This results in the following: even if only products manufactured from the approved materials are installed, the limit value of 0.01 mg/l may still be exceeded. This could be due to the sum of the installed components, for example. In such a case, the water must no longer be used for drinking and food preparation and the search for the causes and the remedy will then follow - a complex and possibly costly process.
A tightening of the limit value is currently being discussed. This would have the effect of further reducing the amount of lead that can be introduced by all components. If half of this amount were to continue to be accounted for by domestic installations, the lead problem could become more acute.
The solution: lead-free
This problem can be avoided by choosing lead-free components from the point of transfer of the water supplier to the domestic installation. Many system fittings made of lead-free silicon bronze (CuSi) in different series are available today. As they do not contain the undesirable element, they do not release any into the drinking water. This is proven by the numerous certifications of the quality manufacturer such as SANHA. The high-quality stainless steel components are also suitable for lead-free installations. The table below provides information on possible combinations.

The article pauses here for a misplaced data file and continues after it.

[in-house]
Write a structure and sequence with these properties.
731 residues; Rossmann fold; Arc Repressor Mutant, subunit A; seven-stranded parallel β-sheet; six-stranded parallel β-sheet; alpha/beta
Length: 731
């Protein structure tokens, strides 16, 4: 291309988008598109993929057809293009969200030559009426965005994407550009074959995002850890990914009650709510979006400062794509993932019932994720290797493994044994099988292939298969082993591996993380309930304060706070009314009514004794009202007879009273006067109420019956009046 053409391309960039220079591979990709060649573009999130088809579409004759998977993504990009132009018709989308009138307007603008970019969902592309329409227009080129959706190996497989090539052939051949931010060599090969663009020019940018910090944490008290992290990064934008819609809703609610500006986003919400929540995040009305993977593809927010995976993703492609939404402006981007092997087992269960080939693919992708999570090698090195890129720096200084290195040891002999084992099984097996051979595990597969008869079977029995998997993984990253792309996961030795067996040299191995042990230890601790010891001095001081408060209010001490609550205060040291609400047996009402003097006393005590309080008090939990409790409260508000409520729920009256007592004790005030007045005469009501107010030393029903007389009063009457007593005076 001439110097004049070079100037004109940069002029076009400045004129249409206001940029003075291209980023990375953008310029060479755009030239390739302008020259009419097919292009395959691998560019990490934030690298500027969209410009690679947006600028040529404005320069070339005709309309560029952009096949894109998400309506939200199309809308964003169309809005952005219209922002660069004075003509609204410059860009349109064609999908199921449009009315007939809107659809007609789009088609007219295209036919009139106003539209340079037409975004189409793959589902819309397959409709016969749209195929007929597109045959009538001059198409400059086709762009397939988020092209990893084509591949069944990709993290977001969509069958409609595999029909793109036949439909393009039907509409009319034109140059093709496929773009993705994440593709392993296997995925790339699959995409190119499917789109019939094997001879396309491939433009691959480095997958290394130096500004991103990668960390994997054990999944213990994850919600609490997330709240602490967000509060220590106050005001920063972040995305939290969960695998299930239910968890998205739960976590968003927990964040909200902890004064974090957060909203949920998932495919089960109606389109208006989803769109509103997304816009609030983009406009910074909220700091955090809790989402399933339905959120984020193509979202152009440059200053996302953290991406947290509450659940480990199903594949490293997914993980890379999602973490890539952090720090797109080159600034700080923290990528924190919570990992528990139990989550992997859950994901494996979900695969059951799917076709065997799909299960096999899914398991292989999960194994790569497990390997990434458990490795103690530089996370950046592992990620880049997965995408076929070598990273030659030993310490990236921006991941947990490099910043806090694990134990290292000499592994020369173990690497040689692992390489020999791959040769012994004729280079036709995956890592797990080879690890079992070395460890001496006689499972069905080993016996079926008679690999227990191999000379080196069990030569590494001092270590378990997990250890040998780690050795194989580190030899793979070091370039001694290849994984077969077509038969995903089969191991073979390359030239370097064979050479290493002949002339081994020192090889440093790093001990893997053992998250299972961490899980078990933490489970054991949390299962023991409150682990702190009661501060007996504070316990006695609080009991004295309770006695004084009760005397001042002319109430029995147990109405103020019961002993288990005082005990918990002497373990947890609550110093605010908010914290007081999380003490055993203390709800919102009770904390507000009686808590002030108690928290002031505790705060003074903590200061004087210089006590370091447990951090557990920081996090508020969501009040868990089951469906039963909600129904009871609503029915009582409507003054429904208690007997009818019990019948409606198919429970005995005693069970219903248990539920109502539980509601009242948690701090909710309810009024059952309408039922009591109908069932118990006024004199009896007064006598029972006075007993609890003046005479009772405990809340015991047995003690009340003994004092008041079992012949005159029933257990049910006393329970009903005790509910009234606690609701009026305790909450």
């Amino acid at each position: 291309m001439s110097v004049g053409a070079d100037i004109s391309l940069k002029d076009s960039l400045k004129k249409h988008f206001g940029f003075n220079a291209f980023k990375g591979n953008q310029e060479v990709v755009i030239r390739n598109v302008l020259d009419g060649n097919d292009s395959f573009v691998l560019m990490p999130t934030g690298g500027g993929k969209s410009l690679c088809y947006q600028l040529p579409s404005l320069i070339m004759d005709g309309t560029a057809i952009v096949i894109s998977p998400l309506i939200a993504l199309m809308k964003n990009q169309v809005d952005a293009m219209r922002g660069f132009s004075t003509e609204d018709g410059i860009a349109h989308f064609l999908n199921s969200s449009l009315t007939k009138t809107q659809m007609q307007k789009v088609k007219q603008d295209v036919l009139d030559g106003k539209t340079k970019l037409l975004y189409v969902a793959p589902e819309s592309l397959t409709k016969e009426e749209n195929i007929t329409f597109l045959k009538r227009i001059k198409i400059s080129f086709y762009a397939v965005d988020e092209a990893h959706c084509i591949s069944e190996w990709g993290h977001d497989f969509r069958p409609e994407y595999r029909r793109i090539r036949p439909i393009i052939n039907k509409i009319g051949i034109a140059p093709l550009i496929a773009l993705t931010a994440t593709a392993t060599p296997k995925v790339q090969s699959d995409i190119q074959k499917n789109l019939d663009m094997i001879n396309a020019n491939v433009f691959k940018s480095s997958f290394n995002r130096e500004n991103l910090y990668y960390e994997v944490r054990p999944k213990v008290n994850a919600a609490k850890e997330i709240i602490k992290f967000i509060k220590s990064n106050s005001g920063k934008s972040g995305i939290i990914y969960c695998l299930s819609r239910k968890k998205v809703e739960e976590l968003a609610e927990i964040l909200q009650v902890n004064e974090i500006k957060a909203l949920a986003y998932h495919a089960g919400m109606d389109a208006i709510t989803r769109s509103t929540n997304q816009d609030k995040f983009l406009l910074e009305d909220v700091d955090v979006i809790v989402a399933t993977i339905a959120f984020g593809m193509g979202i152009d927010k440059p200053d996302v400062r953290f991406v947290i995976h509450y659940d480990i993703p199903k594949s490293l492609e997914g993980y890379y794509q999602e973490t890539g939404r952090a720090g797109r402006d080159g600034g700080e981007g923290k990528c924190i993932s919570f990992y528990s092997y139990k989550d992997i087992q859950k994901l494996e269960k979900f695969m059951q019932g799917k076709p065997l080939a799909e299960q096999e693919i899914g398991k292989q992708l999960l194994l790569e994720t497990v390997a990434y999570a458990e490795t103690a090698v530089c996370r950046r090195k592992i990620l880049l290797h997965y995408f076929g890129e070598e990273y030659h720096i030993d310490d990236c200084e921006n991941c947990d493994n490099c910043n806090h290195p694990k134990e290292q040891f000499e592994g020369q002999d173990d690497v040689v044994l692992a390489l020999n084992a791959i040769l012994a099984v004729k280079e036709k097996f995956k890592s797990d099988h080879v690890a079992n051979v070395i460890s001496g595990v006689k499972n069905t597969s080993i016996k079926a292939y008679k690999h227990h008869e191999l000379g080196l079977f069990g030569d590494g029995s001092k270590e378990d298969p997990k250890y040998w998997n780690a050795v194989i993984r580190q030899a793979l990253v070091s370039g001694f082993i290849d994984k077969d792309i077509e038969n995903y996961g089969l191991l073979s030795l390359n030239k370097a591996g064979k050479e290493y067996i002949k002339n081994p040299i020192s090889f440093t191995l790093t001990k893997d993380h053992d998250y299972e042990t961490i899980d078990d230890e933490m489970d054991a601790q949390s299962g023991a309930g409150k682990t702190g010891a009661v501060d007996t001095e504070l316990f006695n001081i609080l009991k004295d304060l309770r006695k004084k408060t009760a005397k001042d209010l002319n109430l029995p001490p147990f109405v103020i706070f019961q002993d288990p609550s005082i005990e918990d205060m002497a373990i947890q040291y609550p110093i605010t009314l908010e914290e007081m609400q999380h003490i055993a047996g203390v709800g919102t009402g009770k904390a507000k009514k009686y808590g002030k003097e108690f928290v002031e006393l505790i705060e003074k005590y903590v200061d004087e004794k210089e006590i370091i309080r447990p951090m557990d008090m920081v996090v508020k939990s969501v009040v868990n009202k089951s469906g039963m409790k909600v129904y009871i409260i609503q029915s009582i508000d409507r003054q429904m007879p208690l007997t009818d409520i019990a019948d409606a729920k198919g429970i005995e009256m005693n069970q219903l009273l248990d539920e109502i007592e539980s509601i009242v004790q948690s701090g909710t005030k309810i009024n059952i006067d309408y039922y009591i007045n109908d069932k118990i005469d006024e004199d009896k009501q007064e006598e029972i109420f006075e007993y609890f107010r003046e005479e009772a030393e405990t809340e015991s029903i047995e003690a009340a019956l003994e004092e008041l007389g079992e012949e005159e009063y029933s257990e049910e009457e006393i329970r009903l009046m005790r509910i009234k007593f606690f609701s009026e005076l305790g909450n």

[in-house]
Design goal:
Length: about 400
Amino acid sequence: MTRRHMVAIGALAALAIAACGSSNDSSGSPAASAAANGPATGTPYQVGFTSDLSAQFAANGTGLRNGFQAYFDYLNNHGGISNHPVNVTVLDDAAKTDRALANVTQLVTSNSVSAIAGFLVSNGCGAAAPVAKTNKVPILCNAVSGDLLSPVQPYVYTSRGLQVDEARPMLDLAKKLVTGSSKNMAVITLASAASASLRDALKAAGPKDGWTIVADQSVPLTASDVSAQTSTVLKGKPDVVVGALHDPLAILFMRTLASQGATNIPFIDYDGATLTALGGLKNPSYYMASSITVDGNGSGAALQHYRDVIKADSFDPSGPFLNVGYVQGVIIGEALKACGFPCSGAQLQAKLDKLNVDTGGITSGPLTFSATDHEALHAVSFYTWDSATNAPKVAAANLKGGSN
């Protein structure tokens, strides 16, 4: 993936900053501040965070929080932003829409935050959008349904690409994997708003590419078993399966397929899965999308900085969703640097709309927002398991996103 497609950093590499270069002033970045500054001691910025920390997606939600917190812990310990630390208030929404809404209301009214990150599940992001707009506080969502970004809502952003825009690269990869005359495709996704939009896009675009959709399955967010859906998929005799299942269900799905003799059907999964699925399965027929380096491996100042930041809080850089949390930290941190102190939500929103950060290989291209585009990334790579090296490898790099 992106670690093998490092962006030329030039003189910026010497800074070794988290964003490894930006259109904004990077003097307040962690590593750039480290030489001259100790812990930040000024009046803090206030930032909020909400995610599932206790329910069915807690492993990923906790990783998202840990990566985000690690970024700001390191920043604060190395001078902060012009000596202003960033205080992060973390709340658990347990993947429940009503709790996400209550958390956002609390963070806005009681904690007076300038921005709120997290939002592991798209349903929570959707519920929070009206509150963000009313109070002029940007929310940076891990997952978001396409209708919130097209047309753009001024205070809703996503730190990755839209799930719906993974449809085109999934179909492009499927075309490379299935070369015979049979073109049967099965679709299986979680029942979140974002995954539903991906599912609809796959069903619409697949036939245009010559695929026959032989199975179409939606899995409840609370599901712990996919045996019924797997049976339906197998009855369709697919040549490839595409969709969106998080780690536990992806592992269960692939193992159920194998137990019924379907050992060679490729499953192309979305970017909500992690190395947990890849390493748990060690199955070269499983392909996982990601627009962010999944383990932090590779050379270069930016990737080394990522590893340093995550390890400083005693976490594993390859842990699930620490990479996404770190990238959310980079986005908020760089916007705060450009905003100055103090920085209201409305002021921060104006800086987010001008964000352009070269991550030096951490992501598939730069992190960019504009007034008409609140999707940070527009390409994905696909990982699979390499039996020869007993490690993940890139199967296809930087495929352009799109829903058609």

Further material properties
In addition to the "lead-free" aspect, the material quality also plays a role. Silicon bronze is extremely resistant to dezincification and stress corrosion cracking. Thanks to its extremely pure surface and resistance to dezincification, the PURAPRESS fitting series from SANHA, for example, represents a very hygienic premium solution. The high material density also means there is no casting porosity. If the components are professionally installed, the result is a high-quality potable water system. There are other important aspects to consider during the planning stage.
Minimize stagnation times
A demand-based design ensures that a sufficient change of the water in the system can already take place during normal operation. The content of a drinking water system should ideally be exchanged after a maximum period of 72 hours.